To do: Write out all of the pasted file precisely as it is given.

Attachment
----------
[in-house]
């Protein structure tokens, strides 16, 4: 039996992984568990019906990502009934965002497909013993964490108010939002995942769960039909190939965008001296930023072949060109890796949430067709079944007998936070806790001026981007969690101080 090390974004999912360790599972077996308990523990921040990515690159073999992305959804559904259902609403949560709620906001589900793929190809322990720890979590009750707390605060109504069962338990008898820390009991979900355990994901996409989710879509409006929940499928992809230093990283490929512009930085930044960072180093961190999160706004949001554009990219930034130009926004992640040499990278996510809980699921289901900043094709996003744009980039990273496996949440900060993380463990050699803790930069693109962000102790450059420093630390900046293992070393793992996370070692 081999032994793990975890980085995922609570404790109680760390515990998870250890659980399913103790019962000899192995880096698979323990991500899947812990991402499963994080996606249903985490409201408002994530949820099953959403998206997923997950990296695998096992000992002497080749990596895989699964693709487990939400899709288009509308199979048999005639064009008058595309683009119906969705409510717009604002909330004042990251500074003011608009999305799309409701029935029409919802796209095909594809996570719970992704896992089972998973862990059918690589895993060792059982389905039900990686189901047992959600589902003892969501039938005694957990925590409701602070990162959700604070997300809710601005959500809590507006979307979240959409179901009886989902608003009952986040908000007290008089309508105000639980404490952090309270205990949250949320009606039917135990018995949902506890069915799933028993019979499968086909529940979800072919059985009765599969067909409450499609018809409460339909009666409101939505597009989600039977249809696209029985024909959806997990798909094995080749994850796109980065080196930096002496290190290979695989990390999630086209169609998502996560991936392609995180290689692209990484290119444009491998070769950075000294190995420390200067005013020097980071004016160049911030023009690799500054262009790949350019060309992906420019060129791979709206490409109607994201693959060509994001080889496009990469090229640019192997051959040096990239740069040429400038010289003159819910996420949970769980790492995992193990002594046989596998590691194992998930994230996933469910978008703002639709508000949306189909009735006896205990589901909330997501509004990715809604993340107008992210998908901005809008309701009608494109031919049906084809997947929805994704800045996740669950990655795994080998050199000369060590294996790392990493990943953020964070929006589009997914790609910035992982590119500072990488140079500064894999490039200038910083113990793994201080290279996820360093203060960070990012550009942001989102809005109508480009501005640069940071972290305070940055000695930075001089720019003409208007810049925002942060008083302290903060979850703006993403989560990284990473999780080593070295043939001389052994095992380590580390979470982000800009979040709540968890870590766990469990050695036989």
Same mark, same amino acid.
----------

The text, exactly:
[in-house]
């Protein structure tokens, strides 16, 4: 039996992984568990019906990502009934965002497909013993964490108010939002995942769960039909190939965008001296930023072949060109890796949430067709079944007998936070806790001026981007969690101080 090390974004999912360790599972077996308990523990921040990515690159073999992305959804559904259902609403949560709620906001589900793929190809322990720890979590009750707390605060109504069962338990008898820390009991979900355990994901996409989710879509409006929940499928992809230093990283490929512009930085930044960072180093961190999160706004949001554009990219930034130009926004992640040499990278996510809980699921289901900043094709996003744009980039990273496996949440900060993380463990050699803790930069693109962000102790450059420093630390900046293992070393793992996370070692 081999032994793990975890980085995922609570404790109680760390515990998870250890659980399913103790019962000899192995880096698979323990991500899947812990991402499963994080996606249903985490409201408002994530949820099953959403998206997923997950990296695998096992000992002497080749990596895989699964693709487990939400899709288009509308199979048999005639064009008058595309683009119906969705409510717009604002909330004042990251500074003011608009999305799309409701029935029409919802796209095909594809996570719970992704896992089972998973862990059918690589895993060792059982389905039900990686189901047992959600589902003892969501039938005694957990925590409701602070990162959700604070997300809710601005959500809590507006979307979240959409179901009886989902608003009952986040908000007290008089309508105000639980404490952090309270205990949250949320009606039917135990018995949902506890069915799933028993019979499968086909529940979800072919059985009765599969067909409450499609018809409460339909009666409101939505597009989600039977249809696209029985024909959806997990798909094995080749994850796109980065080196930096002496290190290979695989990390999630086209169609998502996560991936392609995180290689692209990484290119444009491998070769950075000294190995420390200067005013020097980071004016160049911030023009690799500054262009790949350019060309992906420019060129791979709206490409109607994201693959060509994001080889496009990469090229640019192997051959040096990239740069040429400038010289003159819910996420949970769980790492995992193990002594046989596998590691194992998930994230996933469910978008703002639709508000949306189909009735006896205990589901909330997501509004990715809604993340107008992210998908901005809008309701009608494109031919049906084809997947929805994704800045996740669950990655795994080998050199000369060590294996790392990493990943953020964070929006589009997914790609910035992982590119500072990488140079500064894999490039200038910083113990793994201080290279996820360093203060960070990012550009942001989102809005109508480009501005640069940071972290305070940055000695930075001089720019003409208007810049925002942060008083302290903060979850703006993403989560990284990473999780080593070295043939001389052994095992380590580390979470982000800009979040709540968890870590766990469990050695036989």
Same mark, same amino acid.